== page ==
Google’s Prototype AI Tool Can Write a Short Story. But Is It Any Good?     – CNET

Google’s Prototype AI Tool Can Write a Short Story. But Is It Any Good? – CNET

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A conversational AI created by Google is writing fiction using input from published authors, the tech giant said this week. Thirteen writers used Google’s LaMDA, or Language Model for Dialogue Applications, to build Wordcraft, a model writing editor they tested by writing sample short stories.

Google introduced LaMDA last year, saying it’s designed to be “a dialog engine able to engage users in conversation.” The Wordcraft project explores fictional text produced by the engine. Unlike existing text tools such as Grammarly, Wordcraft is intended to help write fiction, not improve emails.

Stephen King needn’t be shaking in his boots just yet. Here’s a sample from Nebula-nominated fantasy writer Eugenia Triantafyllou’s submission, Worm-Mothers: “All the birds in the sky were prey to the Worm-Mothers — they hungered and delighted in the birds they swallowed whole like grapes. Because the Worm-Mothers had no teeth to speak of, no eyes either. Their face was only a wide gummy mouth and a short black horn at the top of their egg-shaped heads.”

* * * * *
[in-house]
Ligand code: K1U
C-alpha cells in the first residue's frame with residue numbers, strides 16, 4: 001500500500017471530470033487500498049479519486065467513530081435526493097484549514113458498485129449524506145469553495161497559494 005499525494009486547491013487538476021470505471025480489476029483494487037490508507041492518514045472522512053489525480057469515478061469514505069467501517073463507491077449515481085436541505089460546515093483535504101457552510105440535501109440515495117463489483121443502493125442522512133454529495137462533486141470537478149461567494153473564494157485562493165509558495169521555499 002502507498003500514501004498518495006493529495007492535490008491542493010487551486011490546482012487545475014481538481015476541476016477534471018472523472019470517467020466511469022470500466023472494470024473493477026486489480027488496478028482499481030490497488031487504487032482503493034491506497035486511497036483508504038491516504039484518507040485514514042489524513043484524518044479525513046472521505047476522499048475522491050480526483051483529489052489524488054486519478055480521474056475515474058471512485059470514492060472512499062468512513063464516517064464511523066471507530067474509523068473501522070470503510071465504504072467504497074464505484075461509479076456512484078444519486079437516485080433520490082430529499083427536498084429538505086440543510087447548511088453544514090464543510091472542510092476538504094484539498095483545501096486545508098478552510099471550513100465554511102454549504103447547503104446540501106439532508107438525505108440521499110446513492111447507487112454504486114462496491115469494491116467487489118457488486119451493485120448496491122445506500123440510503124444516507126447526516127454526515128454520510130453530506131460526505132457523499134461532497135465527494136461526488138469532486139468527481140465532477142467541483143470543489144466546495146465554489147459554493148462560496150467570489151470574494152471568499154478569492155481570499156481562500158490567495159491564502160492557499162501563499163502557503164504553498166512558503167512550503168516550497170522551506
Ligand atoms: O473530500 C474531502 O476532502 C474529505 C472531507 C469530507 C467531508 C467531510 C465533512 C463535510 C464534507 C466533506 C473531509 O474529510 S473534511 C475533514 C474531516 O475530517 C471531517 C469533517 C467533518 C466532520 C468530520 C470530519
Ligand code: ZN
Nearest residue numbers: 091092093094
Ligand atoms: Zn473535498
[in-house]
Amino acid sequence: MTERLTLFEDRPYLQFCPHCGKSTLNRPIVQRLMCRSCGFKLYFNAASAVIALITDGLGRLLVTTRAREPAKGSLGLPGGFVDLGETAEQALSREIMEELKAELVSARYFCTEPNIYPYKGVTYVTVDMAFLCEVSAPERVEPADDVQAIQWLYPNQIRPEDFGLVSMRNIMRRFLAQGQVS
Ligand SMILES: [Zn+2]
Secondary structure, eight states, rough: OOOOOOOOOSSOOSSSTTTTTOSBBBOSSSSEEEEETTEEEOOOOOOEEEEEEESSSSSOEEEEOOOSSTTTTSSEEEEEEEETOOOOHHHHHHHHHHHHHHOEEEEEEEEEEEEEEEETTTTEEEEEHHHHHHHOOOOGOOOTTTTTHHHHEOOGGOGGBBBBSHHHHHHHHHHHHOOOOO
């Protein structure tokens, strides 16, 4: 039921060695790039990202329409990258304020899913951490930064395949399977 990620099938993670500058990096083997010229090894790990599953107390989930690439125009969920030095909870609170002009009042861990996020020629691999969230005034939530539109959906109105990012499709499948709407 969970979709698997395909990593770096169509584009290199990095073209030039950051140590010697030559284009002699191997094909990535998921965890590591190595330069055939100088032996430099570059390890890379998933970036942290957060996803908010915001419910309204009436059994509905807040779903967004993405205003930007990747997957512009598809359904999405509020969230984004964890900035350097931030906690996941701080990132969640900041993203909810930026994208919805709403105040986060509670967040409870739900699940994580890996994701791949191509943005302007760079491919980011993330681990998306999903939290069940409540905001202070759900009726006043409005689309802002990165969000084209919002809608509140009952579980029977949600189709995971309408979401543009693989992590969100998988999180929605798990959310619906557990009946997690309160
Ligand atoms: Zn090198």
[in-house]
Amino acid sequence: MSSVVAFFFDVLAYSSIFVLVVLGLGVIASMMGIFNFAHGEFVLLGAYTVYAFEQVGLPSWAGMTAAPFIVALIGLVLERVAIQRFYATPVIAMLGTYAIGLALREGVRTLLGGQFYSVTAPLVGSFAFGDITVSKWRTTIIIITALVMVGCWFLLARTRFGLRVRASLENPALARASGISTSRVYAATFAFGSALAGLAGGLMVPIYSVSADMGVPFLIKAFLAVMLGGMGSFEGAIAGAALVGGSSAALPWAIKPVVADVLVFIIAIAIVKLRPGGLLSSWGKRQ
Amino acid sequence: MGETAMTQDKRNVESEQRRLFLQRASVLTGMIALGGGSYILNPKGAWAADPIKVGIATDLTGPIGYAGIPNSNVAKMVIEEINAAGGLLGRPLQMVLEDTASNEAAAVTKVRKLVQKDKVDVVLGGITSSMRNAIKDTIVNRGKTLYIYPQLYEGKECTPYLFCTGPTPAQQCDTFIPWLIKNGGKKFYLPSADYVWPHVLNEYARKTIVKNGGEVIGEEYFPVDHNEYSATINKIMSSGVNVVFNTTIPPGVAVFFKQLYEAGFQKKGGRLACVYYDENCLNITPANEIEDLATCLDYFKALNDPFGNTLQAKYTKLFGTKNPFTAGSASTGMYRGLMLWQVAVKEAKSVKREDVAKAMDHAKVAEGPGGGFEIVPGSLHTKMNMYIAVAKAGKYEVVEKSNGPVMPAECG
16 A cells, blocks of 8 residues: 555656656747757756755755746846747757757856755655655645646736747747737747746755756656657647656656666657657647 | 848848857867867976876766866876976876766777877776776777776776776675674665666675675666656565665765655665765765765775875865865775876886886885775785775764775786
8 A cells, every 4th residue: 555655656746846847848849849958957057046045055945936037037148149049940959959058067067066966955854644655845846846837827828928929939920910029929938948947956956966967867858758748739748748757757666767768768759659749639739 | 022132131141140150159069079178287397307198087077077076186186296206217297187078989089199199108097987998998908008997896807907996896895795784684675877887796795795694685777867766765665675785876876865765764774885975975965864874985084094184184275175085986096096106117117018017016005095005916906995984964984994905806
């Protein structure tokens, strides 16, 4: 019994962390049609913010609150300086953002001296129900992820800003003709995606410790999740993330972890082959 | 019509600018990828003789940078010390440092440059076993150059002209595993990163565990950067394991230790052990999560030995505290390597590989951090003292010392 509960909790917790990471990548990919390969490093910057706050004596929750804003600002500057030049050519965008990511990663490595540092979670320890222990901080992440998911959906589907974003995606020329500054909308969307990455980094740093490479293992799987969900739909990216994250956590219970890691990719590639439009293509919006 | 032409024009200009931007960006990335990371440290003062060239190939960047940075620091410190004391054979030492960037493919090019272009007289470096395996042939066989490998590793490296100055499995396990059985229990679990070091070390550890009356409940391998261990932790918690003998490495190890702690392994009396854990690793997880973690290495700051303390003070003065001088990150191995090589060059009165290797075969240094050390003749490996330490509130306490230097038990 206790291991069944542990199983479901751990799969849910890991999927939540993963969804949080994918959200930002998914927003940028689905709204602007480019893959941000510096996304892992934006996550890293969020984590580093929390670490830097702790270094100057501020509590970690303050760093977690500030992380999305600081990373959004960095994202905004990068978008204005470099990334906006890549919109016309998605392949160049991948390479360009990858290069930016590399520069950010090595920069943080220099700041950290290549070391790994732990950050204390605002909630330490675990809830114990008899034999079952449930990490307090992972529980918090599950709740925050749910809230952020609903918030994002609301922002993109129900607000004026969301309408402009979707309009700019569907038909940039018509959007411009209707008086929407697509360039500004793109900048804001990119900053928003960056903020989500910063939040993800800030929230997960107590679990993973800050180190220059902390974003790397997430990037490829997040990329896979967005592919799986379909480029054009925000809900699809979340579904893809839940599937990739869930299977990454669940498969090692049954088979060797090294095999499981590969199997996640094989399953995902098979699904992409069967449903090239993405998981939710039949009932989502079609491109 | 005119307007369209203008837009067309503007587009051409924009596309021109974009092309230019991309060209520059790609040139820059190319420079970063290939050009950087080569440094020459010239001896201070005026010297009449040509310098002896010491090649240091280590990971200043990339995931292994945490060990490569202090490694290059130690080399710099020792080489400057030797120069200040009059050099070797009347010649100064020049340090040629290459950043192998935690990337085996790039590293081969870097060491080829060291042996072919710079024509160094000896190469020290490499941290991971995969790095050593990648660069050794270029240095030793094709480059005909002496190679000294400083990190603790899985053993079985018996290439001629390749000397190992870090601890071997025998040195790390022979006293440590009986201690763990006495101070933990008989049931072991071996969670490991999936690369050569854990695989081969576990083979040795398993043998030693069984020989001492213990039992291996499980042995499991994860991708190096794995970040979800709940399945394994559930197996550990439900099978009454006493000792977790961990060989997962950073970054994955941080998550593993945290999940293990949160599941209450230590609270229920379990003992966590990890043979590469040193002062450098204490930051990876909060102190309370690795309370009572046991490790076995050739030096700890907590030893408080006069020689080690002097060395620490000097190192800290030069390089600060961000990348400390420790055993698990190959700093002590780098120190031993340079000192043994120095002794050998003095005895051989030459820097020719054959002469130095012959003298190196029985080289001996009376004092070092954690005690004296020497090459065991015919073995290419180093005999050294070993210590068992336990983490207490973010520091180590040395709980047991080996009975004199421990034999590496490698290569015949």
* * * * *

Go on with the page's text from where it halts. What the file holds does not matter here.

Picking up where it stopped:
You can read all the stories from the Wordcraft Writers’ Workshop here.

At a Google AI event in New York, Google Research senior researcher Douglas Eck said he believed Wordcraft would “transform how people express themselves creatively,” Indian Express reported Wednesday, with Google confirming his comments. 

Eck said that crafting prose is “not easy” and that LaMDA’s solo efforts are not quite Pulitzer-worthy. “It’s the writers who are doing the work,” he said.

Google will continue to work to move the needle on what artificial intelligence can do in the arts, Eck said, adding that he viewed AI “as a spice — an addition to what you’re trying to do.”

According to Google, LaMDA doesn’t truly understand language, meaning or context, but after trawling through reams of data on the internet it can “produce deceptively humanlike speech” and predict the next most likely word in a sentence, The Washington Post reported in July.

That month, Google fired engineer Blake Lemoine, who claimed LaMDA was sentient. Google had suspended Lemoine in June for violating a confidentiality policy after he gave several media interviews regarding LaMDA.

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Dan Avery

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